The casualness of the purchase, the sterilization of the exchange, is part of what makes bath salts so pernicious and appealing. And the ease with which key chemical compounds can be disseminated, and thus adjusted to stay one step ahead of the law, ensures that the drug stays decriminalized.
THE PAIN OF POKER
Jay Caspian Kang/Morning News/Oct 2010
Giving yourself over to poker, where the high is always the pain and the pain is always the high:
Pain in poker comes in many forms. There is the loss you feel about living off of the dregs of a societal illness. There is the gambler's moment of clarity when you realize you have become just like the old, sad men that you ridiculed in your younger, luckier days.
There is the tedium of sitting at a filthy felt table for hours, sometimes days, feigning a studied intensity. There is the anxiety over explaining to a loved one exactly how you lost $30,000 in the course of a weekend. There is searing unease that comes from watching that same loved one twist uncomfortably whenever you give them a gift bought with the spoils of gambling.
But none of poker's daily pains are deadly or instructive, really. What's more, all of guilt's iterations can be cleansed by one monster score. Hit a set of 6s on a J-6-2 rainbow flop against the Donkey at the table, the one who is wearing a fake Versace rayon shirt whose outrageous patterning is the only thing taking attention away from his Dolce & Gabbana sunglasses and the poor, doting, usually underage girlfriend who sits behind his right shoulder, awash in the illusion that her boyfriend is Paul Newman from "The Hustler" -- well, win $5,000 off a guy like that and you stop worrying about ethics and your misspent youth.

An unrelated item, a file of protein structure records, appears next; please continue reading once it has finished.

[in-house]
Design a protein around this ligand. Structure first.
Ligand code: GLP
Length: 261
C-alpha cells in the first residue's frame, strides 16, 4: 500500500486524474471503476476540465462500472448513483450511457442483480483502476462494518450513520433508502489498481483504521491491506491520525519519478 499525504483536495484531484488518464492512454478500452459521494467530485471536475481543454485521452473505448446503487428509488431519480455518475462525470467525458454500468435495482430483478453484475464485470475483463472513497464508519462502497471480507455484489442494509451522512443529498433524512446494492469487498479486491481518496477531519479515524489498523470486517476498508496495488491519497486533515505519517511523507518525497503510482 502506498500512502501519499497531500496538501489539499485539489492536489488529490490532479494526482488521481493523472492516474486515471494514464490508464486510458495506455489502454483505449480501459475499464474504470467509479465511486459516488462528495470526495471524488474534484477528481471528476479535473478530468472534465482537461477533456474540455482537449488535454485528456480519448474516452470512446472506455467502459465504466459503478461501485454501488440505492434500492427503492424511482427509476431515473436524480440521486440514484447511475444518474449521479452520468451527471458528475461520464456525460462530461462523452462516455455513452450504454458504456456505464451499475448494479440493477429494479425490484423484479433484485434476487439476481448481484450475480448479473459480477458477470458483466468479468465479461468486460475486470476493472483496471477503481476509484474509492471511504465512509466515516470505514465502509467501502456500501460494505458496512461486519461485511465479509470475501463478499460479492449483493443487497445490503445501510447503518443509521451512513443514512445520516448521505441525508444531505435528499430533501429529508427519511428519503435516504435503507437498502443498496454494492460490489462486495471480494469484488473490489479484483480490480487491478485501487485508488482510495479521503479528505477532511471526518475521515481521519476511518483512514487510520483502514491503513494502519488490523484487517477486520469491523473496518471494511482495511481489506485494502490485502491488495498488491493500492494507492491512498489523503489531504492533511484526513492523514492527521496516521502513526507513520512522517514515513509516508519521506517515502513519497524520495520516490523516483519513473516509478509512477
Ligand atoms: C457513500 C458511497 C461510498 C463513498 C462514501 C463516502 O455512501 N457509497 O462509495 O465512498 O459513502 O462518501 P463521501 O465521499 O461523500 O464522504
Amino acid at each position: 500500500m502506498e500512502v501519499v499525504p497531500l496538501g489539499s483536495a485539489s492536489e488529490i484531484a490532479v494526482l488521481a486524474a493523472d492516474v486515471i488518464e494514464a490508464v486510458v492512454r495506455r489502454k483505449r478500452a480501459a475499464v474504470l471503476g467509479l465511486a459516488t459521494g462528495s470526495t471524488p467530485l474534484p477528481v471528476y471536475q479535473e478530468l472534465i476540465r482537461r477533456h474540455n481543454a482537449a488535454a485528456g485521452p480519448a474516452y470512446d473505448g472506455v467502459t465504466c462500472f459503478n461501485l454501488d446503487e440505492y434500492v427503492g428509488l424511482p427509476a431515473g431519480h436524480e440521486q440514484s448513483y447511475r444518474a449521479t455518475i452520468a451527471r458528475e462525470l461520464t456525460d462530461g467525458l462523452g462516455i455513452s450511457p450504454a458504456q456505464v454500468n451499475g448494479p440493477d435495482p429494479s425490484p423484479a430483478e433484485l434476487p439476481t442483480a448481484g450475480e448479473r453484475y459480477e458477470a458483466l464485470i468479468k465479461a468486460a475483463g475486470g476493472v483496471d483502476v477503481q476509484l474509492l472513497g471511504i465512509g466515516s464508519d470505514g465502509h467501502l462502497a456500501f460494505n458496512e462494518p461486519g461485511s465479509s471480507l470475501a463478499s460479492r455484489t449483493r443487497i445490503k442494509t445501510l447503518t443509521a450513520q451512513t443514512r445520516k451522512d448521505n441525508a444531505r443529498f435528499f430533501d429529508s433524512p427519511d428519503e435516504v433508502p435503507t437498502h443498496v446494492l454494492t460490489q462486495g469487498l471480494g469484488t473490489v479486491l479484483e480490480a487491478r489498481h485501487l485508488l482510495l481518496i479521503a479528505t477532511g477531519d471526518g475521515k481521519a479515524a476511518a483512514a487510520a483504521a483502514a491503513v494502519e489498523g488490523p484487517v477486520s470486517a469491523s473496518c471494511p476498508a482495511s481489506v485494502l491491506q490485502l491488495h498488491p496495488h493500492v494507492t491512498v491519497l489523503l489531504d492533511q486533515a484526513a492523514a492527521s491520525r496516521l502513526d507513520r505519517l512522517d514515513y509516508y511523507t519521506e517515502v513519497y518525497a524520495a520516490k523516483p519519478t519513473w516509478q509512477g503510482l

Brendan I. Koerner/Wired/June 2010
Seventy-five years after its founding, it's still hard to explain exactly why Alcoholics Anonymous works:
There's no doubt that when AA works, it can be transformative. But what aspect of the program deserves most of the credit? Is it the act of surrendering to a higher power? The making of amends to people a drinker has wronged? The simple admission that you have a problem?
Stunningly, even the most highly regarded AA experts have no idea. "These are questions we've been trying to answer for, golly, 30 or 40 years now," says Lee Ann Kaskutas, senior scientist at the Alcohol Research Group in Emeryville, Calif. "We can't find anything that completely holds water."
The problem is so vexing, in fact, that addiction professionals have largely accepted that AA itself will always be an enigma. But research in other fields -- primarily behavior change and neurology -- offers some insight into what exactly is happening in those church basements.
David Sedaris/The New Yorker/May 2008
On quitting cigarettes:
By late afternoon, after a pack or so, I'd generally feel a heaviness in my lungs, especially in the 1980s, when I worked with hazardous chemicals. I should have worn a respirator, but it interfered with my smoking.
I once admitted this to a forensic pathologist. We were in the autopsy suite of a medical examiner's office, and he responded by handing me a lung. It had belonged to an obese, light-skinned black man, an obvious heavy smoker, who was lying on a table not 3 feet away. His sternum had been sawed through, and the way his chest cavity was opened, the unearthed fat like so much sour cream, made me think of a baked potato. "So," the pathologist sniffed. "What do you say to this?"
He'd obviously hoped to create a moment, the kind that leads you to change your life, but it didn't quite work. If you are a doctor and someone hands you a diseased lung, you might very well examine it, and consequently make some very radical changes. If, on the other hand, you are not a doctor, you're liable to do what I did, which was to stand there thinking, "Damn, this lung is heavy."
First Published December 16, 2012 12:00 am